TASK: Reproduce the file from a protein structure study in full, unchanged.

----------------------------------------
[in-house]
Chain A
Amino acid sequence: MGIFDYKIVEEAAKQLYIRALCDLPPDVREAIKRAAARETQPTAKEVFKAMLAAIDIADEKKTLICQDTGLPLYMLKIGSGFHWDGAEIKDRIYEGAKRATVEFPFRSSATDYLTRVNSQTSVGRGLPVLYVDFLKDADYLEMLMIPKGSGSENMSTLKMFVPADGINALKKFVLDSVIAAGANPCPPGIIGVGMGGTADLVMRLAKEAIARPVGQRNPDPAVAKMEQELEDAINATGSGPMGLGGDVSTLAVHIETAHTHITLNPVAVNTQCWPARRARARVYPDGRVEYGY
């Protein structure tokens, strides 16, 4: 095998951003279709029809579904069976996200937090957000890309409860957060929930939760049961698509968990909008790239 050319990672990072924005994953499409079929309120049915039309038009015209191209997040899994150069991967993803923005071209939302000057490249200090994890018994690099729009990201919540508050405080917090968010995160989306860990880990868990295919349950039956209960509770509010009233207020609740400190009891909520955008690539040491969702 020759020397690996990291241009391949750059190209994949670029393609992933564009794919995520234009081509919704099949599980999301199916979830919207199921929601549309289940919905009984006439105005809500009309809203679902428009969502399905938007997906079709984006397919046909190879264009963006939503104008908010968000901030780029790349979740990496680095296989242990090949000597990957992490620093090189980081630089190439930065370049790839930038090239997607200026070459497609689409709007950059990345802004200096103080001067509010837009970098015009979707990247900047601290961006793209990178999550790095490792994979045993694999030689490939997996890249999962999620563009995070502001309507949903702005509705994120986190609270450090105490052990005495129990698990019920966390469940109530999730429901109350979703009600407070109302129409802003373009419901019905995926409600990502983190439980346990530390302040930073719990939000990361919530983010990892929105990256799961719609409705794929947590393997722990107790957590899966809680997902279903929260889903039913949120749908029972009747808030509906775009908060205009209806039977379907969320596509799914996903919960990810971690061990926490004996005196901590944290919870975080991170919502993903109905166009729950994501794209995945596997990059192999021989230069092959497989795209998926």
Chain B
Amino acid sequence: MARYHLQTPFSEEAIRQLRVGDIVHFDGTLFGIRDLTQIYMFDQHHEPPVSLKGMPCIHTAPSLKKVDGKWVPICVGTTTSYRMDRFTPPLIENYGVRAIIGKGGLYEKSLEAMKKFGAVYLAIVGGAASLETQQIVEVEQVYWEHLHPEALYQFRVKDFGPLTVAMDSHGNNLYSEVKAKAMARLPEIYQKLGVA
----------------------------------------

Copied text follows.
[in-house]
Chain A
Amino acid sequence: MGIFDYKIVEEAAKQLYIRALCDLPPDVREAIKRAAARETQPTAKEVFKAMLAAIDIADEKKTLICQDTGLPLYMLKIGSGFHWDGAEIKDRIYEGAKRATVEFPFRSSATDYLTRVNSQTSVGRGLPVLYVDFLKDADYLEMLMIPKGSGSENMSTLKMFVPADGINALKKFVLDSVIAAGANPCPPGIIGVGMGGTADLVMRLAKEAIARPVGQRNPDPAVAKMEQELEDAINATGSGPMGLGGDVSTLAVHIETAHTHITLNPVAVNTQCWPARRARARVYPDGRVEYGY
């Protein structure tokens, strides 16, 4: 095998951003279709029809579904069976996200937090957000890309409860957060929930939760049961698509968990909008790239 050319990672990072924005994953499409079929309120049915039309038009015209191209997040899994150069991967993803923005071209939302000057490249200090994890018994690099729009990201919540508050405080917090968010995160989306860990880990868990295919349950039956209960509770509010009233207020609740400190009891909520955008690539040491969702 020759020397690996990291241009391949750059190209994949670029393609992933564009794919995520234009081509919704099949599980999301199916979830919207199921929601549309289940919905009984006439105005809500009309809203679902428009969502399905938007997906079709984006397919046909190879264009963006939503104008908010968000901030780029790349979740990496680095296989242990090949000597990957992490620093090189980081630089190439930065370049790839930038090239997607200026070459497609689409709007950059990345802004200096103080001067509010837009970098015009979707990247900047601290961006793209990178999550790095490792994979045993694999030689490939997996890249999962999620563009995070502001309507949903702005509705994120986190609270450090105490052990005495129990698990019920966390469940109530999730429901109350979703009600407070109302129409802003373009419901019905995926409600990502983190439980346990530390302040930073719990939000990361919530983010990892929105990256799961719609409705794929947590393997722990107790957590899966809680997902279903929260889903039913949120749908029972009747808030509906775009908060205009209806039977379907969320596509799914996903919960990810971690061990926490004996005196901590944290919870975080991170919502993903109905166009729950994501794209995945596997990059192999021989230069092959497989795209998926």
Chain B
Amino acid sequence: MARYHLQTPFSEEAIRQLRVGDIVHFDGTLFGIRDLTQIYMFDQHHEPPVSLKGMPCIHTAPSLKKVDGKWVPICVGTTTSYRMDRFTPPLIENYGVRAIIGKGGLYEKSLEAMKKFGAVYLAIVGGAASLETQQIVEVEQVYWEHLHPEALYQFRVKDFGPLTVAMDSHGNNLYSEVKAKAMARLPEIYQKLGVA